< Back

SageGlass expands architectural design with enhanced electrochromic capability in multiple shapes, colors and new dynamic range

SageGlass options eliminate trade-offs between energy efficiency and aesthetic design goals

Nov. 14, 2013

SAGE has expanded architectural design possibilities for dynamic glass by making SageGlass® available in multiple shapes and colors with enhanced glare control.

These options provide architects and building owners with greater design freedom by allowing dynamic glass to be incorporated into more window, skylight and curtain wall designs where non-rectangular shapes are desired. Having broader shape and color options with dynamic glass mitigates the trade-offs that architects may have to make when choosing energy-efficient glazing over aesthetic design.

SageGlass is electronically tintable dynamic glass that maximizes daylight and outdoor views in buildings while controlling glare and heat gain. The glass can tint or clear with the touch of a button, or in concert with an automated building management system to save energy and help keep building occupants continuously comfortable throughout the day. 

SageGlass provides design flexibility by offering dynamic glass in trapezoid, parallelogram and triangular forms, in addition to standard rectangular glass in sizes up to 5’ by 10’. Achieving accurate and uniform tint levels across non-standard shapes can be a significant engineering challenge for traditional solar control mechanisms (such as shades) or other forms of dynamic glass. However, SageGlass shape options are widely available and have been field-proven in several innovative projects including the National Research Energy Laboratory in Boulder, CO, Cottage Grove City Hall in Cottage Grove, MN, Utrecht Government Building in the Netherlands, and Immanuel Bible Church in Springfield, VA.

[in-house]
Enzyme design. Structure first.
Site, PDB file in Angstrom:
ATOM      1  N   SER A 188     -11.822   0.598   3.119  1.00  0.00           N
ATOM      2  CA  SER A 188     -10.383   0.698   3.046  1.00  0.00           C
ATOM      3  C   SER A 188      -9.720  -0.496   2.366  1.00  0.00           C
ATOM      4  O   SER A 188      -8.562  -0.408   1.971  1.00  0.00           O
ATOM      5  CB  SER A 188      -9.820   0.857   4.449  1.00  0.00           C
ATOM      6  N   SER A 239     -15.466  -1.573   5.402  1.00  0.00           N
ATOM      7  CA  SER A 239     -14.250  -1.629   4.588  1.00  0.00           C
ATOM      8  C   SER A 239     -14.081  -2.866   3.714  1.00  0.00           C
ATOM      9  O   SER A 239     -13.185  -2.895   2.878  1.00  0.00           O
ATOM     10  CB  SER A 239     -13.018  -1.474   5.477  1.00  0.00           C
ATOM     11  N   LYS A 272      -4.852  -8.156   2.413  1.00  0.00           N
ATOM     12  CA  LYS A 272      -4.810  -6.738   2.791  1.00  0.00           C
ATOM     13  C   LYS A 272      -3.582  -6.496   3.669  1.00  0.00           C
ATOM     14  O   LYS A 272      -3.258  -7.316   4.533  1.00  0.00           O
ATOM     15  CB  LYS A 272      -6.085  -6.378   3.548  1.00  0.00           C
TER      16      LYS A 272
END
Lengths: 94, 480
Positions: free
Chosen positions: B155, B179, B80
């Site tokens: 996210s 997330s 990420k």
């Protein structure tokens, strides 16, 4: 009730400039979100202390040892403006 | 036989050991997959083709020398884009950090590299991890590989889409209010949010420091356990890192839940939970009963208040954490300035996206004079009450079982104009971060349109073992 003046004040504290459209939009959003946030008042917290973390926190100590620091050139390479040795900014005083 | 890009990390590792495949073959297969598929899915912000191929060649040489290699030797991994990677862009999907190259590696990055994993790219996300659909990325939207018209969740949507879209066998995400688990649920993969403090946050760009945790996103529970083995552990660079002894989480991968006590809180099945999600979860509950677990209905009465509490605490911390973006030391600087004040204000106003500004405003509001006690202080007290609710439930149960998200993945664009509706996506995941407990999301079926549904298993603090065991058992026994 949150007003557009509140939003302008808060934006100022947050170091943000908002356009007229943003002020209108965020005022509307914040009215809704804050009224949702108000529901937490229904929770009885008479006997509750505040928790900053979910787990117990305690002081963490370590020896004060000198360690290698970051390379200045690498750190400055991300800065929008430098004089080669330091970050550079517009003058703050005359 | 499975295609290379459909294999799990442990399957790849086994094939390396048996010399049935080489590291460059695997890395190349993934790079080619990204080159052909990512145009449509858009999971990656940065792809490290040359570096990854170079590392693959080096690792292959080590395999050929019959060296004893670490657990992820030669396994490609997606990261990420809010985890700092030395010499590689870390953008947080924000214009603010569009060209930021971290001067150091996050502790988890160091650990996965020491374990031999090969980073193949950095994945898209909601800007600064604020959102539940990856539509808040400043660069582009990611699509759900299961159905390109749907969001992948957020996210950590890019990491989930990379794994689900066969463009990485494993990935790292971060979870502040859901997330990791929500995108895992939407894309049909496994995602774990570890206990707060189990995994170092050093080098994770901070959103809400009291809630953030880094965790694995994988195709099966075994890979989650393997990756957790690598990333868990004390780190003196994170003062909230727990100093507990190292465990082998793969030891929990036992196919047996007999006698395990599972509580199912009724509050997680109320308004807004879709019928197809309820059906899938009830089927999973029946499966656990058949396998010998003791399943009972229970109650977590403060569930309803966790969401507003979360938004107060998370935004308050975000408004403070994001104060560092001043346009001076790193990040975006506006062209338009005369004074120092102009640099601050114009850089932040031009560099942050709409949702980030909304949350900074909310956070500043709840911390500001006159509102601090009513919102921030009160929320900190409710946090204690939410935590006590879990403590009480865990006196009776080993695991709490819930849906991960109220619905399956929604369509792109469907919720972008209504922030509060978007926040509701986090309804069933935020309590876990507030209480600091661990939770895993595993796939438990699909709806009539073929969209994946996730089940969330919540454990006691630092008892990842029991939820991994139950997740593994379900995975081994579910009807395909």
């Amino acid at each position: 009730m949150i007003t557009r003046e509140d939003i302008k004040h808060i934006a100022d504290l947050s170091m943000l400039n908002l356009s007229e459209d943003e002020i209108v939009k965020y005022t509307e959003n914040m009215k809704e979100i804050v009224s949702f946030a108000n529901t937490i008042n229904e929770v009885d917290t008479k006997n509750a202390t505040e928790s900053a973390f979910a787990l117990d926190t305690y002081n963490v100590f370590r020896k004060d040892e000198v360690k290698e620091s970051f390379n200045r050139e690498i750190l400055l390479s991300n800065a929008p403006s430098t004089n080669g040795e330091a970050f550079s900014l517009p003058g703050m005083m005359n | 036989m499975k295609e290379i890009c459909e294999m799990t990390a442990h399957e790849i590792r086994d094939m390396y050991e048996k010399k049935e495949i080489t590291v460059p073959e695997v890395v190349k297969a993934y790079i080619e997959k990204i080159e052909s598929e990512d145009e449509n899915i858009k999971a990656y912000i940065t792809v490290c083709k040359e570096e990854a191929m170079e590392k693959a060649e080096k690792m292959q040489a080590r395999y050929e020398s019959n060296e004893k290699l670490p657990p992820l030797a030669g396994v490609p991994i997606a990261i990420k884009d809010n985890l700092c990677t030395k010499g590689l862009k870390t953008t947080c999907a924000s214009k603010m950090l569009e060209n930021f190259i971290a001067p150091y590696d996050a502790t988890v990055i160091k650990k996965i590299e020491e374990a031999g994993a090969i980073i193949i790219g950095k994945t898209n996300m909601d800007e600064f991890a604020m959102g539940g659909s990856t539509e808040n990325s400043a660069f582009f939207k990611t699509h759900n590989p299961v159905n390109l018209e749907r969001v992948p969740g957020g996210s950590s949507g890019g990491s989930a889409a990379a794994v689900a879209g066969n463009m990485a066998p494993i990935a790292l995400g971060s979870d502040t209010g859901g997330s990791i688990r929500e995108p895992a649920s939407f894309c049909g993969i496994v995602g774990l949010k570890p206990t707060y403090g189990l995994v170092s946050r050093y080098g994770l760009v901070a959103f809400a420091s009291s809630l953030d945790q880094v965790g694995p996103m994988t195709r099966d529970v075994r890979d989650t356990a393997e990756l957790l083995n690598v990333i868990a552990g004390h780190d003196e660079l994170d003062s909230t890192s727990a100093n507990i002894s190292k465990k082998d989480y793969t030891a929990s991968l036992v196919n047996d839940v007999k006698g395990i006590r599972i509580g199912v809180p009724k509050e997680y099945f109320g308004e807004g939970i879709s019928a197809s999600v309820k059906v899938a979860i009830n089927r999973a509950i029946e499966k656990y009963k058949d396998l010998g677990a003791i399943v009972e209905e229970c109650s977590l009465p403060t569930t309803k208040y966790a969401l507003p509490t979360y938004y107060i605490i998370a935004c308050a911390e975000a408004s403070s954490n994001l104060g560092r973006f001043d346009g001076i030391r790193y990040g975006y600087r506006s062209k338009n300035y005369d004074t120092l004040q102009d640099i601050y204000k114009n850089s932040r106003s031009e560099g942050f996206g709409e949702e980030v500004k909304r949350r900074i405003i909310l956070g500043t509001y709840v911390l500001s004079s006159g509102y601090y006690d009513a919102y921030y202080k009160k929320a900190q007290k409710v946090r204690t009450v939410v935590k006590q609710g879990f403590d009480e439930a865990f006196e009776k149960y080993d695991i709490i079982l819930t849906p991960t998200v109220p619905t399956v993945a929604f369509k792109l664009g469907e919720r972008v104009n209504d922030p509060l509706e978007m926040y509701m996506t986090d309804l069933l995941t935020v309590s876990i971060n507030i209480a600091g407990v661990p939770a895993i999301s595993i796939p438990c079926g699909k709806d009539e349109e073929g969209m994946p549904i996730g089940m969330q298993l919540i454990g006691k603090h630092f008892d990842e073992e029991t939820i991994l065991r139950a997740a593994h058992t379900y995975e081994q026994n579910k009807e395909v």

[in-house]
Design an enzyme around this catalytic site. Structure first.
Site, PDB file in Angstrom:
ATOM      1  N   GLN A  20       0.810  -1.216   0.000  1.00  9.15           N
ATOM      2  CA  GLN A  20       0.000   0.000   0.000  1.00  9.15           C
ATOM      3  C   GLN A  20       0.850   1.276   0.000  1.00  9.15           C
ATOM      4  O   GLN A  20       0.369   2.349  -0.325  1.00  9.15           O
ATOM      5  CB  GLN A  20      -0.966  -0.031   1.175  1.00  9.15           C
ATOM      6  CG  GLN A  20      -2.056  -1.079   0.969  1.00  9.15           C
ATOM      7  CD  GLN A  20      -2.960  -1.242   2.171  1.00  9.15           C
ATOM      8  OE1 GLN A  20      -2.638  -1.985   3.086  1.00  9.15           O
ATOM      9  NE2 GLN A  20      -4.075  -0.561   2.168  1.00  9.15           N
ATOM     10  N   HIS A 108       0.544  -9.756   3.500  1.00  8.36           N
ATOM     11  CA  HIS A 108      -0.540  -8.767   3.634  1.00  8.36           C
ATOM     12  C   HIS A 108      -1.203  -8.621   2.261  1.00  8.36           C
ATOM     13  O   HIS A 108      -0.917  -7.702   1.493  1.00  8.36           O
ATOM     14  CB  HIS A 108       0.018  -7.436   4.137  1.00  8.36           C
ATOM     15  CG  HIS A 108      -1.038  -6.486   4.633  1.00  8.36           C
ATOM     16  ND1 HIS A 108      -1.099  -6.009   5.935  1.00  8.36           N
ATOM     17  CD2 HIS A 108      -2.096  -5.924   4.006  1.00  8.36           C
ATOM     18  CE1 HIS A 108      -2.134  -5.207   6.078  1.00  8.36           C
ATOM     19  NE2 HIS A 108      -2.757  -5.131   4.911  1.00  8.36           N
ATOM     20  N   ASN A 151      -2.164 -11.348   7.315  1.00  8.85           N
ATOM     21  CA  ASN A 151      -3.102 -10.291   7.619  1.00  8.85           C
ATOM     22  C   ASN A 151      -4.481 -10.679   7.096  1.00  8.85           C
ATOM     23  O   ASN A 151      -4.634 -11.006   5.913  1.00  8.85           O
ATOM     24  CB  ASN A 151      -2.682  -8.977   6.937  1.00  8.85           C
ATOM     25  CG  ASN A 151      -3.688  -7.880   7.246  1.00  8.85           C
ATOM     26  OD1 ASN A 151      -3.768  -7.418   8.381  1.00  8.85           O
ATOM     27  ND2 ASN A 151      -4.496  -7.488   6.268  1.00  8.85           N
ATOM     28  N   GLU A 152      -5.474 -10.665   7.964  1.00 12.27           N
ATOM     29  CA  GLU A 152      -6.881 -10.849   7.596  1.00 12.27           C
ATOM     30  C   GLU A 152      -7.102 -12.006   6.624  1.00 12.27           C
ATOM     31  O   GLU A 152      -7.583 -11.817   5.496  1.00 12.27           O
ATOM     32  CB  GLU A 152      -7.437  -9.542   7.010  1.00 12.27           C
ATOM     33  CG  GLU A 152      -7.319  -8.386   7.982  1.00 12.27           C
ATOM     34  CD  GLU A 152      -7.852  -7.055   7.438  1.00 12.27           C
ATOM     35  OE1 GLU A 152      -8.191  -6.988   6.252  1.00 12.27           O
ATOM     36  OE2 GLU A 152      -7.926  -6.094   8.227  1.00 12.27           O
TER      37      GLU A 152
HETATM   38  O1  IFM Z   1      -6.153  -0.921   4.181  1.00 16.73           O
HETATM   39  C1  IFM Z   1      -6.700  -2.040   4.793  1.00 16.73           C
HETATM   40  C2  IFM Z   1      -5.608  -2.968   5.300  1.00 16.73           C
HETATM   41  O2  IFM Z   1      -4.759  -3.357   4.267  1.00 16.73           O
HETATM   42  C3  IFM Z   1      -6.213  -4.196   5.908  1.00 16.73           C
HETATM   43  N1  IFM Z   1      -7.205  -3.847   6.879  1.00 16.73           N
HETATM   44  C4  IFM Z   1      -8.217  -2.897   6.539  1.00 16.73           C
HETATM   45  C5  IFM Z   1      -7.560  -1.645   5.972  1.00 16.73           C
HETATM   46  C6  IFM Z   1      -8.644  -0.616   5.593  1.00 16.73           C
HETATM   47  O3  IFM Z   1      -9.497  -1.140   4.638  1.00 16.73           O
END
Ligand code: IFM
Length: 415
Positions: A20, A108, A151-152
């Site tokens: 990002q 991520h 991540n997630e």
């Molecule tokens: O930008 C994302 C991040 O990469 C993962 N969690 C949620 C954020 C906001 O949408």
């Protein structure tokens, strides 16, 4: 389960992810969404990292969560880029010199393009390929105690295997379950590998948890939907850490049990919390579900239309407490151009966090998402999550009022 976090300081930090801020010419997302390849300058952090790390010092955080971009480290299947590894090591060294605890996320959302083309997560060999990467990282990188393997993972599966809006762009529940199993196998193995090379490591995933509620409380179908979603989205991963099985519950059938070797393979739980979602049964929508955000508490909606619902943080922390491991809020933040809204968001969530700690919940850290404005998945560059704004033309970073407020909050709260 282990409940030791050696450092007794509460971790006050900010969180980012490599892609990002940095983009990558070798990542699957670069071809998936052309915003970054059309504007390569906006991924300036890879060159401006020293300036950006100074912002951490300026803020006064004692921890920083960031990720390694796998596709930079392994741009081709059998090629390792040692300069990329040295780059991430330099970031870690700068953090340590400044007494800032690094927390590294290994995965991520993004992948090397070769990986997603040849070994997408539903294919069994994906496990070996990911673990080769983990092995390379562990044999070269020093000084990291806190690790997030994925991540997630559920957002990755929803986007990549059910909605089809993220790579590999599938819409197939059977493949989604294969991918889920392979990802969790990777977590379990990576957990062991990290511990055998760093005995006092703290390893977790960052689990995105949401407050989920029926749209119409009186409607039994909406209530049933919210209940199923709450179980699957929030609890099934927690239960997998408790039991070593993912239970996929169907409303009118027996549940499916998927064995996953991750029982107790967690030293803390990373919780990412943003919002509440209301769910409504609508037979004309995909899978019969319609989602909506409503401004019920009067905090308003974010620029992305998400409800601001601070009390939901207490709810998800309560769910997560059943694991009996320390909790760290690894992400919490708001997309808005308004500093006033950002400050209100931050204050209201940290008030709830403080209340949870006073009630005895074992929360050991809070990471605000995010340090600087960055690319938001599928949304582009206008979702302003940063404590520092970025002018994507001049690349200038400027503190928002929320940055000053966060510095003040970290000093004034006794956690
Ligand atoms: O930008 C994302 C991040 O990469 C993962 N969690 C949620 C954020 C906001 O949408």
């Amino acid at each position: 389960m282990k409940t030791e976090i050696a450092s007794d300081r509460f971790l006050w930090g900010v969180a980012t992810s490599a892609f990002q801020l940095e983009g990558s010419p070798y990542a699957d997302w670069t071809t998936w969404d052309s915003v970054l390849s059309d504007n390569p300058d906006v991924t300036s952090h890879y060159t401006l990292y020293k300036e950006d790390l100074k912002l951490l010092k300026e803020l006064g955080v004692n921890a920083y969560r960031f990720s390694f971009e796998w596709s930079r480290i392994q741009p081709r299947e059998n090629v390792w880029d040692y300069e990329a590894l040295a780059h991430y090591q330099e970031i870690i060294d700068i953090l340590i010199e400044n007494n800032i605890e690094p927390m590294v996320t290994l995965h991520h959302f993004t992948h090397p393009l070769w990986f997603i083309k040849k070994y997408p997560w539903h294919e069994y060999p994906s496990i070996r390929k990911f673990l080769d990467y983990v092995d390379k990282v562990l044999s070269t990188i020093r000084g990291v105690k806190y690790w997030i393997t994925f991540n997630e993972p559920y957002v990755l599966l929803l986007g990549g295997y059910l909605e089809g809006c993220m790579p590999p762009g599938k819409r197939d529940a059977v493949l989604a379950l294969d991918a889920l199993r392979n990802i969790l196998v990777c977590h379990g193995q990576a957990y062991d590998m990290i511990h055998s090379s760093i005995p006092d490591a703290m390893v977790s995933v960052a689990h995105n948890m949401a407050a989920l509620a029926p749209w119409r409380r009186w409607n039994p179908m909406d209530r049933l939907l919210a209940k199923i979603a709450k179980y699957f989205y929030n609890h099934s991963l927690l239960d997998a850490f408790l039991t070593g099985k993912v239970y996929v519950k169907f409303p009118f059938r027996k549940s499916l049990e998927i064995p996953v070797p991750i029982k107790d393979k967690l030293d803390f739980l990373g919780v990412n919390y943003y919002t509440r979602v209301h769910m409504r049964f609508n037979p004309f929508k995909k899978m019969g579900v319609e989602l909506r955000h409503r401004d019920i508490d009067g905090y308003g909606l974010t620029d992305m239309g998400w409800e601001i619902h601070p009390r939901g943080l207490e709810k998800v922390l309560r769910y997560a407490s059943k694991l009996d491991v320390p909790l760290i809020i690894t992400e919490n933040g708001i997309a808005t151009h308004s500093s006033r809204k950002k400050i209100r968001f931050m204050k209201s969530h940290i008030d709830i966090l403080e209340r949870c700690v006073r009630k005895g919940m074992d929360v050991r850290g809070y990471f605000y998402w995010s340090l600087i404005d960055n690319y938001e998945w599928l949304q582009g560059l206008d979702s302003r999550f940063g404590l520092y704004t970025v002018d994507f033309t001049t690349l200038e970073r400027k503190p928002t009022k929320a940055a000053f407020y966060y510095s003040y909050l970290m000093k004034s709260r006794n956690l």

For example, St. Johnsbury Athenaeum in Vermont needed to replicate a number of trapezoidal glass shapes for the museum’s skylight renovation project to preserve the architectural integrity of this National Historic Landmark, according to John Mesick of Mesick Cohen Wilson Baker Architects, LLC. “As one of the country’s oldest art galleries, it was critical that the skylight preserve the unique and authentic atmosphere that people experience when they visit,” Mesick said. “SageGlass allowed us to block the UV rays without blocking the natural light, while also preserving the unique glass shape pattern of the original Victorian-era skylight.”

New colors and tint levels
SageGlass is also available in a variety of colors to enable architects and building owners to maintain design integrity while improving energy efficiency with dynamic glazing. SageGlass is fabricated in a laminated multi-pane process, allowing different color options to be combined creating an even larger spectrum of choices. Having a larger palette of available colors enables architects and building designers to more seamlessly integrate SageGlass with other glass in their projects. New color options include:  

·         SageGlass® Blue

·         SageGlass® Green

·         SageGlass® Gray

 

Enhanced Glare Control 
SageGlass has also further enhanced its glare control capabilities. In its fully tinted state, the glazing is now able to achieve 1% visible light transmission (versus 2% previously). Each incremental percentage point has a significant impact on glare control. A study by the Lawrence Berkeley National Laboratory (LBNL) that was commissioned by the California Energy Commission regarding human visual comfort has shown that dynamic glazing with 3% transmission is not sufficient to control window glare. In their study, with electrochromic glazing tinted to 3%, almost one-quarter of occupants still had to lower interior blinds to achieve sufficient glare control. Further, the majority of participants reported that they would have been more satisfied if the windows tinted more. The report states that a low transmittance level of 1% or less “would reduce or eliminate the dependence on interior sun-blocking shades.” Importantly, even when fully tinted, SageGlass always remains transparent so building occupants never lose their view and connection to the outdoors.